But maybe that’s the real underlying theme of this season, exploring what it means to live on a cosmic scale of duration. Ashildir explores this in one way, and haunts the Doctor through the season, a spectre of how to break immortality badly.

This episode shows, more than any direct confrontation between the two, how their immortality differs.

Ashildir drifts from job to job, life to life. Viking storyteller, nurse, soldier, landowner, highwayman, watcher of the Doctor for a while, then administrator of a refugee camp. She drifts, she gets bored, restless, and forgets. She forgets her past, her motivation, her purpose.

The Doctor is able to maintain a sense of purpose and dedication through the repetitive wearing of 2-billion years. A purpose so powerful that he'll experience his actual death every few days for 2-billion years. Because eventually one of him will wear down the Himalayas. If he keeps losing for that long, he'll win.

Thinking and living on a cosmic scale, and capable of maintaining dedication the entire time. That's the ethical power of the character.

Gilles in LA V: Speculate Pragmatically, A History Boy, 27/11/2015

Since this series on the LA Review of Book's essays on Gilles Deleuze is done, I'm going to include all the links to my other posts. Here's Deleuze, Guattari, and the fluidity of identity; the self-destructive habits of academic scholarship today; how philosophy helps us understand our world in ways we've never thought of before; and why everyone should read philosophy, but not the way it's taught in schools.
• • •
Brian Massumi wrote one of those essays in the LA Review of Books about Gilles Deleuze. I remember reading one of his books, Parables of the Virtual, just over three years ago. It was remarkably dense, and a little too long for its purpose, but a wonderful book.

Massumi is one of the most metal philosophers working
in the academy today.
It took me a while to read it because I had just started work at an answering service, and I hadn’t yet adjusted how I scheduled my days around it to get enough reading time in. Reading is part of how I relax. 

Massumi talks about how Deleuze took so long to take off among the American followers of upstart French philosophy. He says a major reason was because there were so many different concepts, ideas, and inquiries threading across Deleuze and Félix Guattari’s works, you couldn’t focus on one single theme that stands out among them and could define the whole.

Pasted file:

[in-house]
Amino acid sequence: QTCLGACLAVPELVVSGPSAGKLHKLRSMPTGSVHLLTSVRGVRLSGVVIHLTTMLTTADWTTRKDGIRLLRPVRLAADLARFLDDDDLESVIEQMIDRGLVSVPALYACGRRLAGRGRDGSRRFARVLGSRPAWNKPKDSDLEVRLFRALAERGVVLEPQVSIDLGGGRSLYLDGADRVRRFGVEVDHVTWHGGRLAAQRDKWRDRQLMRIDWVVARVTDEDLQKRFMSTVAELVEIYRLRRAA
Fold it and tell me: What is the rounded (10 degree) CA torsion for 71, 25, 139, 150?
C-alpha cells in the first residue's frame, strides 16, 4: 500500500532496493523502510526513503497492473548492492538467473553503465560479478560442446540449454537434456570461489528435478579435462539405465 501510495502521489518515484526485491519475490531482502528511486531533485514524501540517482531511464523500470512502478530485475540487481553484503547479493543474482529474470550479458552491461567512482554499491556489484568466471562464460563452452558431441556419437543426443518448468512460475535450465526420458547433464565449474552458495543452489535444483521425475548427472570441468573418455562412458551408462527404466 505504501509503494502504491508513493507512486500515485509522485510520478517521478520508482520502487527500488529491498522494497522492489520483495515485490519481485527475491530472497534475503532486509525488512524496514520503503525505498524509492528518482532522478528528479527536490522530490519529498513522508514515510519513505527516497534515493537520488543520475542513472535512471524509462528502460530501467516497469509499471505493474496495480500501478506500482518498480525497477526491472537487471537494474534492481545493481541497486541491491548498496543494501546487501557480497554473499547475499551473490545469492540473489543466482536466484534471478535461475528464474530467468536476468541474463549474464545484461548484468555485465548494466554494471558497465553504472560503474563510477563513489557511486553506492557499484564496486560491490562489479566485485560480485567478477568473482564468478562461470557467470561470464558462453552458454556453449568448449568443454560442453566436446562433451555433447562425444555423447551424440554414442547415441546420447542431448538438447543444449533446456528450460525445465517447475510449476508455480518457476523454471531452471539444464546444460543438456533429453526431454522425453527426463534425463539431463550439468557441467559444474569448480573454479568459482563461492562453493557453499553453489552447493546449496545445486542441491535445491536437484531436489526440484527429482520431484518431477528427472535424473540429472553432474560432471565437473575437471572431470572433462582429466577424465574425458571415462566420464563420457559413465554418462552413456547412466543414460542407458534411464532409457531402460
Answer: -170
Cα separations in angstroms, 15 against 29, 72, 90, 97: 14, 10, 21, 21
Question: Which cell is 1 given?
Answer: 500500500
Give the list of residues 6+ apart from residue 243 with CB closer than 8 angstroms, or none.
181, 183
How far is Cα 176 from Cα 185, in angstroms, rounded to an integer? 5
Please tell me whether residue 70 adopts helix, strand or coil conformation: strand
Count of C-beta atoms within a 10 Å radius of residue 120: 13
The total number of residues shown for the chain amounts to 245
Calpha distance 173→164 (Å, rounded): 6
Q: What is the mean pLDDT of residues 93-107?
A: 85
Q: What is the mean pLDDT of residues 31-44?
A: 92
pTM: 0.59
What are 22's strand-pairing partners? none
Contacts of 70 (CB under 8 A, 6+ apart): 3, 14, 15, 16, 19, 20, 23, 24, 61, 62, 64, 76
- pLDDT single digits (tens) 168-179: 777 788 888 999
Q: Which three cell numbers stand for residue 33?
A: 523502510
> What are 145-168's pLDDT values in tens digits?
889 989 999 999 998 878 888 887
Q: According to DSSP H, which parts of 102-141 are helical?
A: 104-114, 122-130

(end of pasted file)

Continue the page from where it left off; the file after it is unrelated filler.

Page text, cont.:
But there is, says Massumi. I agree with him, even if I think his essay is too long for what it ultimately achieves. I suspect this might be a feature of Massumi’s work.

Anyway, Massumi calls Deleuze’s philosophy, in its buzz-worthy phrase, Speculative Pragmatism. As he unpacks the label, it fits quite well with how I’ve come to understand Deleuze’s ideas and what they can do in the tradition of philosophical writing and discourse. 

Here’s a little story about philosophy. It’s really simple. So simple, it doesn’t really explain anything, except why I think Deleuze was our last real vanguard of thought.

Jean-François Lyotard came up with the term post-
modernism, so blame him if you have a problem.
So post-modernism was a thing that happened in the intellectual scene. The ideas this tradition developed were really useful to understanding the limits of human knowledge and how our knowledge can be manipulated. 

But the philosophy could never quite escape charges of relativism. It was the first school in the Western tradition to go all the way in rejecting transcendent sources or grounds of knowledge (like God, or eternal being, which amount to the same thing). 

Without this, it was left without any hooks to secure our knowledge. No to distinguish the truth from my, your, our, and their truths.

Postmodernism developed through the 1970s into the 2000s. It was largely French, though the German Martin Heidegger was an important influence. It gained a few American adherents, like Richard Rorty in philosophy, and became a standard framework in literature studies. 

Postmodernism makes contemporary meta-textuality in fiction possible. So thank you, or damn you, depending on what you think of that.

The relativism problem had a solution, but it had been developed decades before among the American pragmatists. Charles Sanders Peirce was the first to articulate the problem and engage with it. William James dealt with it as an ethical problem, and came up with the definitive pragmatist solution.

I'm always a little saddened that William James didn't
live longer than Charles Peirce. Peirce was older, and
did much more cocaine.
Stop thinking about knowledge as having the ultimate goal of being true. Knowledge is instead fundamentally about being useful. Knowledge is a tool to work in the world.

After James died, John Dewey expanded and applied this idea in fantastically interesting ways through pretty much every domain of human knowledge. The man’s archives are enormous, and he kept writing steadily until he died in his 90s. 

The Big Three American pragmatists were the only group of historically noteworthy writers in philosophy to solve the postmodern relativism problem. But no one realized it* because they never engaged with it explicitly. How could they? They wrote decades before postmodernism existed.

* Until Larry Hickman, in his book Pragmatism as Post-Postmodernism. In 2007.

Pragmatism had two problems. After Dewey, no one really rose to be his equal, the way he did to James. So by the time we reach today, pragmatism as a sub-discipline in academic philosophy consists of mostly of commentary on Peirce, James, and Dewey. The ambition’s gone out of it.